This is not a fact-based essay; it is my philosophical argument against Bitcoin being a true store of value. I argue for your Bitcoin to hold its value, how someone has to keep doing work after its mined.
Disclaimer: As I write this, I have no significant investments in either Bitcoin/Crypto or Gold/Precious Metals.
First Things First
Let me get this thing out the way first, I wish I had bought Bitcoin in 2013, or 2014, or the start of 2017! It has probably made more millionaires than anything else in history and I wish I had invested at the right time.
I am not approaching this subject as a sore-loser though and am more than willing to listen to any criticism of arguments made here.
Also, this argument is specifically against Bitcoin and other Crypto-Currencies being a true store of value; not against their other uses and the revolutionary nature of the underlying technologies of Blockchain and other Crypto Distributed Ledgers.
When I hear the term Store of Value, I see long-term value; not a few months or years; the term should be measured in decades or even generations.
To understand how something can store value, you first need to understand how value is created. In case of both Bitcoin and Gold, the value is created by someone doing work to produce the asset. In case of Gold, its the mining company doing some physical work; for Bitcoin, its a mining computer solving a mathematical problem to produce a fixed amount of Bitcoin every 10 minutes.
To generate value, both Gold and Bitcoin miners have to invest capital to buy the equipment (computers, mining machines etc.) and incur production costs and operating expenses to maintain and run that equipment (cooling, electricity, manual labor etc.). For simplicity, I am going to include operating expenses into production costs in the remainder of this article.
For a miner to keep producing the asset, the market price for the asset should be higher than at least the production cost (assuming all capital is already paid off).
For example, if the expenses to produce an ounce of Gold are $1000, but the price of Gold is $900/ounce, the miners will probably shut down the mine.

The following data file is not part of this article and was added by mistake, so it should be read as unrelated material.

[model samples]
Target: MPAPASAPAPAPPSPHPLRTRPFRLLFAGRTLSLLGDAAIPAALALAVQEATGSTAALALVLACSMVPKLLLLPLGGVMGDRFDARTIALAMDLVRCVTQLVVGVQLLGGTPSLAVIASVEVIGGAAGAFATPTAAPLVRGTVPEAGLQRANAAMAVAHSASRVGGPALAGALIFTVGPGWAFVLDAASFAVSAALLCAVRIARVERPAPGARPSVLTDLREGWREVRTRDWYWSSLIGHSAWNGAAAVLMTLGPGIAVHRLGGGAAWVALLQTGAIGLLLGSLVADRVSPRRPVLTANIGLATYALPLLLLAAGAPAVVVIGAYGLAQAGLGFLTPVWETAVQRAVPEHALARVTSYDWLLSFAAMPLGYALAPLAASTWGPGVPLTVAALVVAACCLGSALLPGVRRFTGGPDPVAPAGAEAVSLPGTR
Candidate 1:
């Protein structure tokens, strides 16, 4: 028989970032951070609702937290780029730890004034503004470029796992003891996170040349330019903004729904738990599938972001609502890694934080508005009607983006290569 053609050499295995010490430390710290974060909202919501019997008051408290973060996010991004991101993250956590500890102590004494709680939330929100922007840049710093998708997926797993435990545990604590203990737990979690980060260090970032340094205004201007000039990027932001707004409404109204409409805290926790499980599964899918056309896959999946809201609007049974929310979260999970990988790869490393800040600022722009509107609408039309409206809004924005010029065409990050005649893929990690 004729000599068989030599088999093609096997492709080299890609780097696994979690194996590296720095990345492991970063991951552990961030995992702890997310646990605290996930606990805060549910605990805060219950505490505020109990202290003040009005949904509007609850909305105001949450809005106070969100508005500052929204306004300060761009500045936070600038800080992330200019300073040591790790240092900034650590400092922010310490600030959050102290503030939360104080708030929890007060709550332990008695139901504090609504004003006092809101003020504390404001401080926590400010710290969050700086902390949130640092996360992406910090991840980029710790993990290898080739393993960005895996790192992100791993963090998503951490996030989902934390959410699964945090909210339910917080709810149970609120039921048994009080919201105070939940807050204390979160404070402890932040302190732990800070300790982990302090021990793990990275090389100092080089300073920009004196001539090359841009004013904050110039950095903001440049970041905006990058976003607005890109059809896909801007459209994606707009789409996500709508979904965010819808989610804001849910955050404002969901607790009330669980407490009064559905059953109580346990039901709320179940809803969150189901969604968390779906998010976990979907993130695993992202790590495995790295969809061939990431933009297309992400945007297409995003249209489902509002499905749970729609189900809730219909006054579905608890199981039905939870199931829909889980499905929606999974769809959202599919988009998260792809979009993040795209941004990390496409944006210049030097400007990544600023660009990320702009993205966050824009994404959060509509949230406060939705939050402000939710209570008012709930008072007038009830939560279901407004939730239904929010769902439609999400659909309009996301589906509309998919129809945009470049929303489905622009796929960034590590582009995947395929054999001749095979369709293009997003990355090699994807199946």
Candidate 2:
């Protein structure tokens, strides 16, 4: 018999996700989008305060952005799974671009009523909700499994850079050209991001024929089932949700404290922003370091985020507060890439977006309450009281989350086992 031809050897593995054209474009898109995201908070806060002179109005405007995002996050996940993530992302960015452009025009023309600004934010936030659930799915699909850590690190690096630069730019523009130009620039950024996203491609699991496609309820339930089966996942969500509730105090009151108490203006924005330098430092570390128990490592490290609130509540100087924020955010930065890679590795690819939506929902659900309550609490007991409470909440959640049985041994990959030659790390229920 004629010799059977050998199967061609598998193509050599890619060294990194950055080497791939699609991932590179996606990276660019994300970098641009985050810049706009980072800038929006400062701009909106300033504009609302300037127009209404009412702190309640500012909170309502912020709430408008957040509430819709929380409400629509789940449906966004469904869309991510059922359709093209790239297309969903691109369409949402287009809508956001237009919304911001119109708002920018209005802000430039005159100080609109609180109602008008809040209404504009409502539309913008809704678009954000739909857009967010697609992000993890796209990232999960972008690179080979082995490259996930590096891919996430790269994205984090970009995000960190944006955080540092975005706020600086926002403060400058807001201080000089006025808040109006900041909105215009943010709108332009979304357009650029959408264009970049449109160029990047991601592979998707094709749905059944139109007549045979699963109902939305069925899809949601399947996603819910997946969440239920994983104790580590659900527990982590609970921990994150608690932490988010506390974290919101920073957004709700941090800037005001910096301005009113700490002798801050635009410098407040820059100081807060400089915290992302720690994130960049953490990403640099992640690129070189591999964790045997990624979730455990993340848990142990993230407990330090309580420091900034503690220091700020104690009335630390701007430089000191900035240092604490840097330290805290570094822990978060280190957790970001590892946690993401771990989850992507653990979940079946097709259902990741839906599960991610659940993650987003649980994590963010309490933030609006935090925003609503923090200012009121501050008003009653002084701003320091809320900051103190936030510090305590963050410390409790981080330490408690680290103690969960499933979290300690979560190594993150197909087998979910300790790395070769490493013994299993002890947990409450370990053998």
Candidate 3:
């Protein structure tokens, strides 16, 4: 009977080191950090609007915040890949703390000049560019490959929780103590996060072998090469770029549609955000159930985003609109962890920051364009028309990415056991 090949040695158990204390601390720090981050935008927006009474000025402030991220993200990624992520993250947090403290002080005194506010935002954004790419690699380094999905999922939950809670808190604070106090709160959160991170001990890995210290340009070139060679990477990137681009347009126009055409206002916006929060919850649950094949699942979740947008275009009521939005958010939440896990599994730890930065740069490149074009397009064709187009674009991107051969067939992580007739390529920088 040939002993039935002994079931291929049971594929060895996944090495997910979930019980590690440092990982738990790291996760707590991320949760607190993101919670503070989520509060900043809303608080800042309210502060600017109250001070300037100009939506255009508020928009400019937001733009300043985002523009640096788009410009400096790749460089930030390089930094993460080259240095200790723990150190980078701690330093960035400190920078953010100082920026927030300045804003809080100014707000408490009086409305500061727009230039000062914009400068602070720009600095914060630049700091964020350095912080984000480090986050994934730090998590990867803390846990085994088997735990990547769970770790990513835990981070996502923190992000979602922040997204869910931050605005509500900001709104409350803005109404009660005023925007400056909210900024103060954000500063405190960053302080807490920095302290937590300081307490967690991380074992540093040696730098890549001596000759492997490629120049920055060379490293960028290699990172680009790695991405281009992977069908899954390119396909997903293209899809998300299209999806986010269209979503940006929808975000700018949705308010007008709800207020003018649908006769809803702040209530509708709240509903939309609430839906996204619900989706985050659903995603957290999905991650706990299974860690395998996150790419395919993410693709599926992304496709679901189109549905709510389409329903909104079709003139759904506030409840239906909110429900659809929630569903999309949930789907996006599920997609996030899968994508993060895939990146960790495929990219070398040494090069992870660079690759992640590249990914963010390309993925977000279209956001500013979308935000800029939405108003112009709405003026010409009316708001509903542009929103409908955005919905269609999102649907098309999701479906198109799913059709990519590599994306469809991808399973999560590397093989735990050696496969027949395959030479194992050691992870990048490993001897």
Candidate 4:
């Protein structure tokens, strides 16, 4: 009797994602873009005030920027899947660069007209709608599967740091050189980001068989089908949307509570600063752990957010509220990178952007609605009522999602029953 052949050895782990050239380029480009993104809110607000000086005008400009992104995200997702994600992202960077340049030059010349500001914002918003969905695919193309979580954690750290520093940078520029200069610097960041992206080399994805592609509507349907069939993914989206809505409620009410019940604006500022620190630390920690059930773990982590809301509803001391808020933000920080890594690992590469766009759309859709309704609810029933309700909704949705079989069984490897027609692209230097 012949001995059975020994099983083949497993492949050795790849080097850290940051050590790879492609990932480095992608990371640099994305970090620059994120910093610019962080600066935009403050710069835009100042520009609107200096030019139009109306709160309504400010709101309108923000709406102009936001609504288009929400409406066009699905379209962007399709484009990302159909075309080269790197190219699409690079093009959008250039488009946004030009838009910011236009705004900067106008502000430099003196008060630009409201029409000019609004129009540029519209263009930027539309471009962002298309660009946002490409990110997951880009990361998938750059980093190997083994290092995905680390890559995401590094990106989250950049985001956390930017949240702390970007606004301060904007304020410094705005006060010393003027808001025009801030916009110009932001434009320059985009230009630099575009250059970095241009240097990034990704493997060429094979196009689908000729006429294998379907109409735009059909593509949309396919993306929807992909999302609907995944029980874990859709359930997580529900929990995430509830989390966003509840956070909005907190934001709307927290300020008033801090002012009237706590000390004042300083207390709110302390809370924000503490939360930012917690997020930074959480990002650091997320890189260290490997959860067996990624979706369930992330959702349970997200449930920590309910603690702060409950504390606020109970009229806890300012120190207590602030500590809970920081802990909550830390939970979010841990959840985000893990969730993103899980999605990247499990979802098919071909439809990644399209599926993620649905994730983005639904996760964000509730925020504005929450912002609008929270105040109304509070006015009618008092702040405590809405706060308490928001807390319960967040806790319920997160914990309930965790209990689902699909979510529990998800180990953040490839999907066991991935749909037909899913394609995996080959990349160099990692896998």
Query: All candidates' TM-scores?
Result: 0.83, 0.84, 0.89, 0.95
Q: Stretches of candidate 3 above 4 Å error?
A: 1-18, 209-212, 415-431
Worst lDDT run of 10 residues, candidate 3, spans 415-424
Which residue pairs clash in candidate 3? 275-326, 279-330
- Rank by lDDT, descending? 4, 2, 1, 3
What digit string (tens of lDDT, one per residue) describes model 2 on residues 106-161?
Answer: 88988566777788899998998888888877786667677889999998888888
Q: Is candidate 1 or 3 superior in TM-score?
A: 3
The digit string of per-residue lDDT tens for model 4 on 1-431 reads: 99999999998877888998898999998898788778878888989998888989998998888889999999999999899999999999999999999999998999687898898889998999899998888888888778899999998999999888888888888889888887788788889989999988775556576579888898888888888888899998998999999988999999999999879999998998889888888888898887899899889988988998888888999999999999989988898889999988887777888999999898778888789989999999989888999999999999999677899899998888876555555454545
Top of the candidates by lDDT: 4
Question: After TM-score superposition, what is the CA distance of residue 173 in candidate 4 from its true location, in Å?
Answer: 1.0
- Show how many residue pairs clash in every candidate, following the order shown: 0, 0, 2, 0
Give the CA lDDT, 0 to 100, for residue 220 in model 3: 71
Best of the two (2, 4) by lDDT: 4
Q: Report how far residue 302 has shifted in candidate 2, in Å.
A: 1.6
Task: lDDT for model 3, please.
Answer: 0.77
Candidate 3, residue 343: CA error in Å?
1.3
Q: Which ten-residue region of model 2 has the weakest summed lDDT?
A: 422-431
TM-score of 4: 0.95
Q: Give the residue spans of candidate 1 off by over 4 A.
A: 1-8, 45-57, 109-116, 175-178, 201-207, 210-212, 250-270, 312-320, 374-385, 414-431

Similarly, the Bitcoin miners will only keep mining if the transaction fee + block reward are more valuable than the production costs of the mining rig.
Scenario 1: Gold
Consider that you bought some Gold at $1000/ounce and the current cost of mining Gold is $500/ounce. A couple years down the road the current mines are drying up and the cost of mining shoots up to $1500/ounce, while the market price holds at $1000/ounce; all of the miners shut down their operations. What is the value of your Gold now? Still $1000/ounce!
In essence, the value of your Gold is independent of the continuing effort of others or even you. There is no action required on anybody's part for your Gold to retain its value.
Scenario 2: Bitcoin
Now, let's look at a similar example in Bitcoin. You bought your Bitcoin at $1000/coin. Cost of mining shot up to more than $1000/coin and all the miners shut down their operations.
What value does your Bitcoin have? A big fat zero! Why?
In contrast to Gold, where the value is stored in the physical asset, Bitcoin's value is based on a distributed ledger hosted on the network. And, the network requires constant upkeep for you to maintain the value of your Bitcoin.
Unlike Gold, Bitcoin requires a constant amount of work by the network to maintain its value. Hence, it is not a true store of value.
In some respects, Bitcoin is more like a security, where you are betting that value will be maintained on someone's future work and less like a commodity, where value has already been generated and is maintained by a demand for the commodity.
Definition of a Security as interpreted by the Supreme Court... "[a]n investment contract for purposes of the Securities Act means a contract, transaction or scheme whereby a person invests his money in a common enterprise and is led to expect profits solely from the efforts of the promoter or a third party. 66 S.Ct. at 1103." ↩︎